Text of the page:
Fernando Fischmann

Smart connected products: Killing industries, boosting innovation

18 November, 2014 / Articles

“I work in the automobile industry.” “I work in the pet products industry.” “I work in the small appliance industry.” We make statements like these all the time. So often, that we rarely give any thought to the notion of how we are defining industries in the process. But we do have a way of defining them. And it’s about to be turned on its head.

Generally, industries are defined by what the organizations within them produce (e.g. automobiles, pet products, small appliances). One reason we define industries this way is because it’s simple. But it’s also the result of some of the most influential business thinking ever produced. In his seminal 1979 HBR article, How Competitive Forces that Shape Strategy, Michael Porter introduced the concept of “The Five Forces” that define industries and their attractiveness. These forces — Substitute Products, Buyer Power, etc. — are based on defining and industry by the product it produces. Thus, this idea has been further ingrained in our thinking ever since.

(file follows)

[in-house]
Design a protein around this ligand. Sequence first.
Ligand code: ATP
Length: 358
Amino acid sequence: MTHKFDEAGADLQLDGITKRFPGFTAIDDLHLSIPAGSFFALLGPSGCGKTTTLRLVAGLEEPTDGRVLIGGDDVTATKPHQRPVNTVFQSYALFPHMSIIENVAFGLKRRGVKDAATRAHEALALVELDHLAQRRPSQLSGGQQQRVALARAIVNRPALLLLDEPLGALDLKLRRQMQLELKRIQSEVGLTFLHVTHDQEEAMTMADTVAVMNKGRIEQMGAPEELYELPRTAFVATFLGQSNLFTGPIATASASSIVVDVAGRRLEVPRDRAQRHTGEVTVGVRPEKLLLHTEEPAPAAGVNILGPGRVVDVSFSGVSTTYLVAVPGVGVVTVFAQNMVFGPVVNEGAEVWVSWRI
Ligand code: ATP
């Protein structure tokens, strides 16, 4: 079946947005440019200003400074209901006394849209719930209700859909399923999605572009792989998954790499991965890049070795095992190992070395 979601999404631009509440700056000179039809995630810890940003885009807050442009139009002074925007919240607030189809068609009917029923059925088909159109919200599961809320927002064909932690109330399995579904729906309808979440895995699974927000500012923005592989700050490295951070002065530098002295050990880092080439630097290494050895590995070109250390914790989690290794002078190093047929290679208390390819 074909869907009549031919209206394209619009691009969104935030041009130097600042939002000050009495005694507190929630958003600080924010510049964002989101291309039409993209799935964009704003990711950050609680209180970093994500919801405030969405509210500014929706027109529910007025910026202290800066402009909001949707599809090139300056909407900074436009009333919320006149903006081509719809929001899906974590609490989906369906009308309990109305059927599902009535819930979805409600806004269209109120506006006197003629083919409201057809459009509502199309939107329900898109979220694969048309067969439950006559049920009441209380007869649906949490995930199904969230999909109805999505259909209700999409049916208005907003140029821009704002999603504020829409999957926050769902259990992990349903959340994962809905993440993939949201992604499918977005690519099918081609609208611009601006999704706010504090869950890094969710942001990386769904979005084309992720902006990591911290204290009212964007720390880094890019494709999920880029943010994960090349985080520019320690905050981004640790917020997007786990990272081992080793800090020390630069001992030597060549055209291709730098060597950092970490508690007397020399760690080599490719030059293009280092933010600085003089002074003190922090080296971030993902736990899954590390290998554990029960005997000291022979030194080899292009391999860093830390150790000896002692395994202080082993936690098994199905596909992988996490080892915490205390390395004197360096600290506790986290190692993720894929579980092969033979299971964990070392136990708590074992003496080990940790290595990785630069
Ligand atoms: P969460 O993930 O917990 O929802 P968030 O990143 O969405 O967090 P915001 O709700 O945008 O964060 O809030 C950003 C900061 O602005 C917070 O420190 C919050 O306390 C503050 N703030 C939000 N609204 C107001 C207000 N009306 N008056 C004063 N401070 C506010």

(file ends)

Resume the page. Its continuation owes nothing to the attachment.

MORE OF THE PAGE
But in his most recent work, Porter himself has shown the cracks in this model of industry definition. In How Smart, Connected Products are Transforming Competition, he discusses the transformational power of smart, connected technologies when applied to product businesses. He describes how companies can evolve from making products, to offering more complex, higher-value offerings within a “system of systems”. For example, you might sell a tractor today. But once that tractor is smart and connected to the cloud, your products and services will become part of a highly interconnected agricultural management solution. Take this example of a smart, connected home bar product. Is it in the consumer electronics industry? The liquor industry? The home entertainment industry? All of the above?

Once smart, connected products take hold, the idea of an industry as being defined by the product alone ceases to have meaning. What sense does it make to talk about a “tractor industry” if tractors are just one piece of an integrated system of products, services, software, and data designed to help farmers increase crop yields? What Porter has shown is that in a smart, connected future, industries are defined not by products, but by “jobs to be done” (somewhere Clayton Christensen is chuckling). Saying, “I’m in the crop yield management industry,” will make a lot more sense than “I’m in the tractor industry.”




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